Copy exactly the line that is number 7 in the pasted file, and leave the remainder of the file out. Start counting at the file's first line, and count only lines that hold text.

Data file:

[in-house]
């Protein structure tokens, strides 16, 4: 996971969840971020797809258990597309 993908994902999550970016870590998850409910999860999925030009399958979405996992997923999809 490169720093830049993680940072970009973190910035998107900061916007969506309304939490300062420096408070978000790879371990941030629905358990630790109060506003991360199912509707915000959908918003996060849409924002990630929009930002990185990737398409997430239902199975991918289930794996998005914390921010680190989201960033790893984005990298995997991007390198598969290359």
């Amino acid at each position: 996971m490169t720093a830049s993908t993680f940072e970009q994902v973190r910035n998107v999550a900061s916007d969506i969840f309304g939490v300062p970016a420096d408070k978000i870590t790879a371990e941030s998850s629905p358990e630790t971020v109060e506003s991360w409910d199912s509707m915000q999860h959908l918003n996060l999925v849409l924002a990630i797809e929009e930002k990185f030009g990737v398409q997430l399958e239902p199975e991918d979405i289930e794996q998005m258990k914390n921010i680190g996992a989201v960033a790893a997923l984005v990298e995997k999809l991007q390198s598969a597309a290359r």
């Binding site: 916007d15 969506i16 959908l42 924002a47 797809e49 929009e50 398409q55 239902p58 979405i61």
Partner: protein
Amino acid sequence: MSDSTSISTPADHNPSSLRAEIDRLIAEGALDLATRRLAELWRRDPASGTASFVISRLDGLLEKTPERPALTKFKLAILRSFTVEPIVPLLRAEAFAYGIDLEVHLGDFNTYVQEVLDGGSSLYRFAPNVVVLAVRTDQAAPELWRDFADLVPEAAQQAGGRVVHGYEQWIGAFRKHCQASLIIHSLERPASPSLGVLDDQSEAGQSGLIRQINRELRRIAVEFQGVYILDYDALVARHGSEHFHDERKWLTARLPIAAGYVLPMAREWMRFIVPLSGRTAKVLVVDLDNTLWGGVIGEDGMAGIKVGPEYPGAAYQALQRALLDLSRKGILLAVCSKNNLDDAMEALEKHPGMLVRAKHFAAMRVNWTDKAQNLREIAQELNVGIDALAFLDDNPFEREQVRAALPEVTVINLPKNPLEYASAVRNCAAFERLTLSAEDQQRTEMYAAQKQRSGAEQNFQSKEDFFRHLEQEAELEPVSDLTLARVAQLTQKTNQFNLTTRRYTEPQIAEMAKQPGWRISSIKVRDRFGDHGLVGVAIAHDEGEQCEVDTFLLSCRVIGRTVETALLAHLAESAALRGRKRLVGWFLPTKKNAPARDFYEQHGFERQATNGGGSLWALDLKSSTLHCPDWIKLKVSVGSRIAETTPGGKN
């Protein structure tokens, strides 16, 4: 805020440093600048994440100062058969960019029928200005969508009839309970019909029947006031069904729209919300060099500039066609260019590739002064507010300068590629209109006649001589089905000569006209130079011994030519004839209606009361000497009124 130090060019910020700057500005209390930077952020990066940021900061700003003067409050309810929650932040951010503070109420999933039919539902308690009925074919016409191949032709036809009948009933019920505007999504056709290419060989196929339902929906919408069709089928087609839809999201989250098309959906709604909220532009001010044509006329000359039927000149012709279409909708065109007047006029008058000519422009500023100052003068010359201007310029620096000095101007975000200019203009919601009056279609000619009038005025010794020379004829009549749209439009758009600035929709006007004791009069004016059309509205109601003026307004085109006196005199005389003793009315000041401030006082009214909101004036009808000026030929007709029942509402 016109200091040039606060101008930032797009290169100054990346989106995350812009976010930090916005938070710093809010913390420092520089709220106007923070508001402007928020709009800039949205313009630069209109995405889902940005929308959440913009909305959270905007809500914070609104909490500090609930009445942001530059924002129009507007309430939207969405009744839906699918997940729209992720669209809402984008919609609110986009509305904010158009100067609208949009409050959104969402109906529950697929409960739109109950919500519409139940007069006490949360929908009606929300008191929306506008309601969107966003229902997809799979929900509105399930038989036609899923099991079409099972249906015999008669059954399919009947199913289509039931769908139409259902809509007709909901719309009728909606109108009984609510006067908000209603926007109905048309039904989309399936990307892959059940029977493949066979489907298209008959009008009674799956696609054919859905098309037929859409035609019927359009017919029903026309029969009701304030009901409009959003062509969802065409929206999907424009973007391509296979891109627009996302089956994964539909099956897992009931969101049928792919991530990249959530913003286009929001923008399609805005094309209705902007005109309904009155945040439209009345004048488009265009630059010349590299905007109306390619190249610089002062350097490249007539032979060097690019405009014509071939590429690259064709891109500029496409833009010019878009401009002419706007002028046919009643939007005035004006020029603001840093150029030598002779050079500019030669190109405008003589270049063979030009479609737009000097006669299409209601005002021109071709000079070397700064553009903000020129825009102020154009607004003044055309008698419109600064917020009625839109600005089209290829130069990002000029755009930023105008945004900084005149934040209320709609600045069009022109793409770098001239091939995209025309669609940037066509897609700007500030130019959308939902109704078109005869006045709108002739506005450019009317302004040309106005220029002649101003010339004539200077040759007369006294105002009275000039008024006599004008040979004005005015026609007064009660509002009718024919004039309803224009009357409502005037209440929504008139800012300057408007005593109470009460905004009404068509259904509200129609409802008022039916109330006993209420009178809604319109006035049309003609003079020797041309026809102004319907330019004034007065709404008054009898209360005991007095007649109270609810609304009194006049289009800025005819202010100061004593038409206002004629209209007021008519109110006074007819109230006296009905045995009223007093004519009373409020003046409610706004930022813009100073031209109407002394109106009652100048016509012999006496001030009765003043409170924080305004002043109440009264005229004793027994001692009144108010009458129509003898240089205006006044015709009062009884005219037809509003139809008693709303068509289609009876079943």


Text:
């Protein structure tokens, strides 16, 4: 805020440093600048994440100062058969960019029928200005969508009839309970019909029947006031069904729209919300060099500039066609260019590739002064507010300068590629209109006649001589089905000569006209130079011994030519004839209606009361000497009124 130090060019910020700057500005209390930077952020990066940021900061700003003067409050309810929650932040951010503070109420999933039919539902308690009925074919016409191949032709036809009948009933019920505007999504056709290419060989196929339902929906919408069709089928087609839809999201989250098309959906709604909220532009001010044509006329000359039927000149012709279409909708065109007047006029008058000519422009500023100052003068010359201007310029620096000095101007975000200019203009919601009056279609000619009038005025010794020379004829009549749209439009758009600035929709006007004791009069004016059309509205109601003026307004085109006196005199005389003793009315000041401030006082009214909101004036009808000026030929007709029942509402 016109200091040039606060101008930032797009290169100054990346989106995350812009976010930090916005938070710093809010913390420092520089709220106007923070508001402007928020709009800039949205313009630069209109995405889902940005929308959440913009909305959270905007809500914070609104909490500090609930009445942001530059924002129009507007309430939207969405009744839906699918997940729209992720669209809402984008919609609110986009509305904010158009100067609208949009409050959104969402109906529950697929409960739109109950919500519409139940007069006490949360929908009606929300008191929306506008309601969107966003229902997809799979929900509105399930038989036609899923099991079409099972249906015999008669059954399919009947199913289509039931769908139409259902809509007709909901719309009728909606109108009984609510006067908000209603926007109905048309039904989309399936990307892959059940029977493949066979489907298209008959009008009674799956696609054919859905098309037929859409035609019927359009017919029903026309029969009701304030009901409009959003062509969802065409929206999907424009973007391509296979891109627009996302089956994964539909099956897992009931969101049928792919991530990249959530913003286009929001923008399609805005094309209705902007005109309904009155945040439209009345004048488009265009630059010349590299905007109306390619190249610089002062350097490249007539032979060097690019405009014509071939590429690259064709891109500029496409833009010019878009401009002419706007002028046919009643939007005035004006020029603001840093150029030598002779050079500019030669190109405008003589270049063979030009479609737009000097006669299409209601005002021109071709000079070397700064553009903000020129825009102020154009607004003044055309008698419109600064917020009625839109600005089209290829130069990002000029755009930023105008945004900084005149934040209320709609600045069009022109793409770098001239091939995209025309669609940037066509897609700007500030130019959308939902109704078109005869006045709108002739506005450019009317302004040309106005220029002649101003010339004539200077040759007369006294105002009275000039008024006599004008040979004005005015026609007064009660509002009718024919004039309803224009009357409502005037209440929504008139800012300057408007005593109470009460905004009404068509259904509200129609409802008022039916109330006993209420009178809604319109006035049309003609003079020797041309026809102004319907330019004034007065709404008054009898209360005991007095007649109270609810609304009194006049289009800025005819202010100061004593038409206002004629209209007021008519109110006074007819109230006296009905045995009223007093004519009373409020003046409610706004930022813009100073031209109407002394109106009652100048016509012999006496001030009765003043409170924080305004002043109440009264005229004793027994001692009144108010009458129509003898240089205006006044015709009062009884005219037809509003139809008693709303068509289609009876079943």